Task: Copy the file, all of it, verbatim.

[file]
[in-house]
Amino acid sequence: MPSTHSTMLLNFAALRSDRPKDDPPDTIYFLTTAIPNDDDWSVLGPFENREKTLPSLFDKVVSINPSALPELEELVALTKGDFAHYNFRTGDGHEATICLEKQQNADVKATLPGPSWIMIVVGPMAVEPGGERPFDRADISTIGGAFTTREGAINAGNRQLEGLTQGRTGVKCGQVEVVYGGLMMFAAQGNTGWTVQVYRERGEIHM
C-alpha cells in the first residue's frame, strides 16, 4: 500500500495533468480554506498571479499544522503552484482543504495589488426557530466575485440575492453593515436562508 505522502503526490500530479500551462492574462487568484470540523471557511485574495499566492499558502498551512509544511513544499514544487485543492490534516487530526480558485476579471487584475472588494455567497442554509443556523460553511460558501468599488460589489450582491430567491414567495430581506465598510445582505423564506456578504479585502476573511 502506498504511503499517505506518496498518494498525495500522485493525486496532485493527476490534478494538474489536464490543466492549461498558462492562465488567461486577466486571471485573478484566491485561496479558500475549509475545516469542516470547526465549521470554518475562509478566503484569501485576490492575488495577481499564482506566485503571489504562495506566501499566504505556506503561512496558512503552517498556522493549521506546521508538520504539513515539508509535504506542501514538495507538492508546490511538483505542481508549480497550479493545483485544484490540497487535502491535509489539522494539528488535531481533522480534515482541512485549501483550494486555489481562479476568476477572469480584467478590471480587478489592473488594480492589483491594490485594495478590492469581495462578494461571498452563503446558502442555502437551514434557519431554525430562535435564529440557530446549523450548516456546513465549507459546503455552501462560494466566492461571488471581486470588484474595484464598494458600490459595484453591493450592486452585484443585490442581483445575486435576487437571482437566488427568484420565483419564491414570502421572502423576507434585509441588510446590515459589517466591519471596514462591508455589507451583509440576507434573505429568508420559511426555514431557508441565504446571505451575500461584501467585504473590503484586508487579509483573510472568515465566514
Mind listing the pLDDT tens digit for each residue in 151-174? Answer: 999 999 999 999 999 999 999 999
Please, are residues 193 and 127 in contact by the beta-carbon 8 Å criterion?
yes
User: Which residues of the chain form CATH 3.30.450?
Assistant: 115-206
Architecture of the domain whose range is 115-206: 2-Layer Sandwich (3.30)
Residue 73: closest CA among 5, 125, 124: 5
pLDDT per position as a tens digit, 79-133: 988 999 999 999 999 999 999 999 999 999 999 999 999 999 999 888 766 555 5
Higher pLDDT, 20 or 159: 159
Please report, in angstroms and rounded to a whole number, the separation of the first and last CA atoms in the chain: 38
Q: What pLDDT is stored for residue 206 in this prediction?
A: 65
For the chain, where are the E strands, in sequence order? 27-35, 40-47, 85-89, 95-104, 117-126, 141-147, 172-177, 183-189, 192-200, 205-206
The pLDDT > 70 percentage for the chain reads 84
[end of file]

[in-house]
Amino acid sequence: MPSTHSTMLLNFAALRSDRPKDDPPDTIYFLTTAIPNDDDWSVLGPFENREKTLPSLFDKVVSINPSALPELEELVALTKGDFAHYNFRTGDGHEATICLEKQQNADVKATLPGPSWIMIVVGPMAVEPGGERPFDRADISTIGGAFTTREGAINAGNRQLEGLTQGRTGVKCGQVEVVYGGLMMFAAQGNTGWTVQVYRERGEIHM
C-alpha cells in the first residue's frame, strides 16, 4: 500500500495533468480554506498571479499544522503552484482543504495589488426557530466575485440575492453593515436562508 505522502503526490500530479500551462492574462487568484470540523471557511485574495499566492499558502498551512509544511513544499514544487485543492490534516487530526480558485476579471487584475472588494455567497442554509443556523460553511460558501468599488460589489450582491430567491414567495430581506465598510445582505423564506456578504479585502476573511 502506498504511503499517505506518496498518494498525495500522485493525486496532485493527476490534478494538474489536464490543466492549461498558462492562465488567461486577466486571471485573478484566491485561496479558500475549509475545516469542516470547526465549521470554518475562509478566503484569501485576490492575488495577481499564482506566485503571489504562495506566501499566504505556506503561512496558512503552517498556522493549521506546521508538520504539513515539508509535504506542501514538495507538492508546490511538483505542481508549480497550479493545483485544484490540497487535502491535509489539522494539528488535531481533522480534515482541512485549501483550494486555489481562479476568476477572469480584467478590471480587478489592473488594480492589483491594490485594495478590492469581495462578494461571498452563503446558502442555502437551514434557519431554525430562535435564529440557530446549523450548516456546513465549507459546503455552501462560494466566492461571488471581486470588484474595484464598494458600490459595484453591493450592486452585484443585490442581483445575486435576487437571482437566488427568484420565483419564491414570502421572502423576507434585509441588510446590515459589517466591519471596514462591508455589507451583509440576507434573505429568508420559511426555514431557508441565504446571505451575500461584501467585504473590503484586508487579509483573510472568515465566514
Mind listing the pLDDT tens digit for each residue in 151-174? Answer: 999 999 999 999 999 999 999 999
Please, are residues 193 and 127 in contact by the beta-carbon 8 Å criterion?
yes
User: Which residues of the chain form CATH 3.30.450?
Assistant: 115-206
Architecture of the domain whose range is 115-206: 2-Layer Sandwich (3.30)
Residue 73: closest CA among 5, 125, 124: 5
pLDDT per position as a tens digit, 79-133: 988 999 999 999 999 999 999 999 999 999 999 999 999 999 999 888 766 555 5
Higher pLDDT, 20 or 159: 159
Please report, in angstroms and rounded to a whole number, the separation of the first and last CA atoms in the chain: 38
Q: What pLDDT is stored for residue 206 in this prediction?
A: 65
For the chain, where are the E strands, in sequence order? 27-35, 40-47, 85-89, 95-104, 117-126, 141-147, 172-177, 183-189, 192-200, 205-206
The pLDDT > 70 percentage for the chain reads 84